The Nairobi Standard reports that Kenya’s electoral body has organised a series of road races across the country to boost voter registration ahead of the general election.
The 5km and 10km road races will be held in Nyeri, Kakamega, Nairobi, Mombasa and Eldoret in the first half of December. The Kakamega version will be a bicycle race. To qualify to run, one must register as a voter.
The organisers hope to register 50,000 runners in the entire exercise.
The international financial agency Moody’s has assigned ratings to Kenya, Zambia and Nigeria. The story appears in today's edition of the South African financial paper, BusinessDay.
Zambia and Kenya were assigned B1 ratings, while Nigeria received a Ba3 rating. The outlook on all three ratings is stable.
Moody’s said the B1 rating for Zambia reflected that country’s rapid growth in recent years, and its track record of political stability.
Kenya’s B1 rating, according to Moody’s, reflects the resilience of the Kenyan economy, and the Nairobi government’s commitment to institutional reform.
The Ba3 ratings for Nigeria, Africa’s second-biggest economy, reflects that country’s economic resilience, underpinned by vast hydrocarbon wealth, large local market and developed non-energy sector.
A Ba3 rating, in case you were wondering, is three notches below investment grade, the level at which Moody's recommends that its clients actually get financially involved.
The ratings agency warned, however, that Nigeria still had significant infrastructure needs, and what the agency calls "weak governance structures".
The main story in BusinessDay says that South African public servants should be prohibited from doing business with the government, according to the Public Service Commission.
The Commission has proposed radical measures to combat the corruption plaguing state administration.
Regional newspaper The East African reports that Somalia has a new world record.
According to the African Union and the United Nations, Somalia has the largest charcoal stockpile in the world.
The stockpile of about four million bags – whose value is estimated at between 20 million and 35 million euros in the Middle East market where most of it is sold – could become the first charcoal collection to cause war.
The UN Security Council imposed sanctions on the export of Somali charcoal over a year ago. Not only was it the main source of revenue for the al-Shebab insurgents, but the then Transitional Federal Government in Mogadishu argued that the cutting of trees for charcoal in Somalia had reached alarming proportions, and unless something urgent was done, the country risked environmental collapse.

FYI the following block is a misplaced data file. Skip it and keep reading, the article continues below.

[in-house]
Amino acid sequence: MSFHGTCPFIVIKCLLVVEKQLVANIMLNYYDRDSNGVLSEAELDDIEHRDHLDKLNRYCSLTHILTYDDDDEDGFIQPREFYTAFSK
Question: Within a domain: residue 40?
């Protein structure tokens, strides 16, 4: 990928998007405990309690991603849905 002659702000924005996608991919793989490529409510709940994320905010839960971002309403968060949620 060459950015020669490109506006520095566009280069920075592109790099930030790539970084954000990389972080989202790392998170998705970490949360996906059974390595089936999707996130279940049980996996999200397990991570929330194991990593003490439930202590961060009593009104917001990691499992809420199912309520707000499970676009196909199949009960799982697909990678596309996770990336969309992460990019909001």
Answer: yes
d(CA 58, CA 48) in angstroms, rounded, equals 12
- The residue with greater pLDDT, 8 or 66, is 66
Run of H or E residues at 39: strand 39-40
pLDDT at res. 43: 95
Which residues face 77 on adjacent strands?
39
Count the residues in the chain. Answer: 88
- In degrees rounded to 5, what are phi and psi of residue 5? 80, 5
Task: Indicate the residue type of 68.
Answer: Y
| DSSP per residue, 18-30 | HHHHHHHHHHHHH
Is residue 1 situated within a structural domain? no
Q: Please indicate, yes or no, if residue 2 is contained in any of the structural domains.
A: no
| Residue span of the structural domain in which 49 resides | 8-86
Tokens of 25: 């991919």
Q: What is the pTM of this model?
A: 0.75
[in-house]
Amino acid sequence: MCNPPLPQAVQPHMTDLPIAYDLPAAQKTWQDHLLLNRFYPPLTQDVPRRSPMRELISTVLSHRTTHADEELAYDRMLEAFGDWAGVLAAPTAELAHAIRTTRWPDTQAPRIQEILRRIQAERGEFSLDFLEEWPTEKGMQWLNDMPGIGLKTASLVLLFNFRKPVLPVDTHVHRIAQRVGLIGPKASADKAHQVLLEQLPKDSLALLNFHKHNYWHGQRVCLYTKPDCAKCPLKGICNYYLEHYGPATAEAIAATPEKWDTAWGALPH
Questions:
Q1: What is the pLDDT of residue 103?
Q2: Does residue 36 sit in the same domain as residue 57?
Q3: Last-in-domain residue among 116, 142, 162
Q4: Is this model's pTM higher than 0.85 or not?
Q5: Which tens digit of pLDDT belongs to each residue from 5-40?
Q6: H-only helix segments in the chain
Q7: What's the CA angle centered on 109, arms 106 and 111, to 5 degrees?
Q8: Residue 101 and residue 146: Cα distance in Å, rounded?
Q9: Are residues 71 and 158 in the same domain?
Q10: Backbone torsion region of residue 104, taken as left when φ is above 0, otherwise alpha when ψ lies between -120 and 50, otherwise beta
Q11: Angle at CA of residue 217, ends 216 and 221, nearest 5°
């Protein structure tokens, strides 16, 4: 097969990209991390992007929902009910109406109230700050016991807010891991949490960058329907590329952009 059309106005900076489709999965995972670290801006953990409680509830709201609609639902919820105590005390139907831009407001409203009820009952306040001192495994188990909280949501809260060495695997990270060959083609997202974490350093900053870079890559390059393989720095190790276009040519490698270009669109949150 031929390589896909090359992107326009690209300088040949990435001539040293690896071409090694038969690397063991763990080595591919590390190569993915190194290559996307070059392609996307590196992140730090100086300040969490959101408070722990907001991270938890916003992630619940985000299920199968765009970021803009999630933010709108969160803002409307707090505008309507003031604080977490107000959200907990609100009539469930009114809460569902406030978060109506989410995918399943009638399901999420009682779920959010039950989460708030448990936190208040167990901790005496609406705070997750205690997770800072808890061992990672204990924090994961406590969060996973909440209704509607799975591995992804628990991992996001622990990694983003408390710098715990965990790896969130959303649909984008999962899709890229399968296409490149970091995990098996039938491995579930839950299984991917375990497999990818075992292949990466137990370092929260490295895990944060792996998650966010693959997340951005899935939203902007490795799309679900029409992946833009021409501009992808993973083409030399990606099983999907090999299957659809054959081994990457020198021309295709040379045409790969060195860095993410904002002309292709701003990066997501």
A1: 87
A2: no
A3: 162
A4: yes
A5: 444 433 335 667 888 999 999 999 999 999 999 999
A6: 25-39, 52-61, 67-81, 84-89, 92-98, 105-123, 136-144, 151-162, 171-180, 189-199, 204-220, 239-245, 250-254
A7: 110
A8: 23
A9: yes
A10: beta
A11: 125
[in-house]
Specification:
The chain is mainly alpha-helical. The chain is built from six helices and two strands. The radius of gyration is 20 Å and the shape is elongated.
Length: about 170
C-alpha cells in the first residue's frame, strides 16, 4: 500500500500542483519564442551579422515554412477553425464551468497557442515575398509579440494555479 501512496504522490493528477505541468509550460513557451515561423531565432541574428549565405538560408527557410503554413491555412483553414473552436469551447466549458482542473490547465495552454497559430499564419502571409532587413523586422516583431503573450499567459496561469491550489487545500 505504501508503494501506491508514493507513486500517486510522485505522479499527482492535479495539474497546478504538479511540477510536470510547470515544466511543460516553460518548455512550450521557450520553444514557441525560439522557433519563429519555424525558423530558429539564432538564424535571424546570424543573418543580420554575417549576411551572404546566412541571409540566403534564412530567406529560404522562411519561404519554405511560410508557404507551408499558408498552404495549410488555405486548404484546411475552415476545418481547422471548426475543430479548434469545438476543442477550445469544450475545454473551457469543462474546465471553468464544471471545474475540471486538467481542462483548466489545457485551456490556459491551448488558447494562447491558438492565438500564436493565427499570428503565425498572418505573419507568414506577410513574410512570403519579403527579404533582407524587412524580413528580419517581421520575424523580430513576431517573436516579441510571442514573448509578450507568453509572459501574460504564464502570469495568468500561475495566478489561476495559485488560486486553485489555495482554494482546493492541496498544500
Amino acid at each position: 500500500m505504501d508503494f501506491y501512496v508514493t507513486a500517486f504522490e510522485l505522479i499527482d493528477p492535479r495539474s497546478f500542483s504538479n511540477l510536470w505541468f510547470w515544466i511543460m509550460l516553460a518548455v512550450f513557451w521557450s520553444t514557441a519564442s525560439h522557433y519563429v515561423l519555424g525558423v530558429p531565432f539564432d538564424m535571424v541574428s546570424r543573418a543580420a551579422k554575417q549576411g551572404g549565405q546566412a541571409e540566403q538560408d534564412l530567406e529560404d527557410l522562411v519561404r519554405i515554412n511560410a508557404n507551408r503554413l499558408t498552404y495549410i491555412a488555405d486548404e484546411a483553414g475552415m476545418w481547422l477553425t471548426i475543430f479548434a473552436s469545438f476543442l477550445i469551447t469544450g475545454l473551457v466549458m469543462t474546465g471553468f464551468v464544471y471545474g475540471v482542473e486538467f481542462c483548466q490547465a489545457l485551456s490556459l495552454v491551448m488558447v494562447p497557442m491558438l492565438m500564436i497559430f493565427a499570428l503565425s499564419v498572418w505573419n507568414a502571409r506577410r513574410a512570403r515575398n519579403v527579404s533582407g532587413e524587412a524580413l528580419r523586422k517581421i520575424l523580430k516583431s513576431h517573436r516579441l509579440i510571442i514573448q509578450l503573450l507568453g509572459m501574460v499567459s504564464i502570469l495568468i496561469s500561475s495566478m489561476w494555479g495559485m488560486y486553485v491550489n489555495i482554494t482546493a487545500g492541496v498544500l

One option, according to AU and UN sources, is to consider a temporary waiver by the United Nations Security Council to allow the export of the charcoal through the port of Kismayo. This would get rid of the current stockpile, and the money would go to the government, pay Somali soldiers (who have not received any salary for the past eight months and are getting restless) and be used for stabilisation.
Critics of the proposal argue that it would set a bad precedent and benefit the same “negative” groups and businesses that have worked with al-Shebab in the recent past.
Kenya Airways has issued a profit warning for the year ending March 2013 as it reported a net loss of nearly 50 million euros in the six months to September on the back of surging costs and lower revenue.
The airline said Tuesday it expected full year profits to fall by at least 25 percent on account of high fuel prices, currency losses and lower passenger numbers.
Passenger revenues declined to 400 million euros in the six months to September, compared to 450 million in the same period last year, pulled down by decreased numbers on European routes, network pressure and concerns over insecurity.
Kenya’s national carrier made a 20 million euro profit in the first half of last year.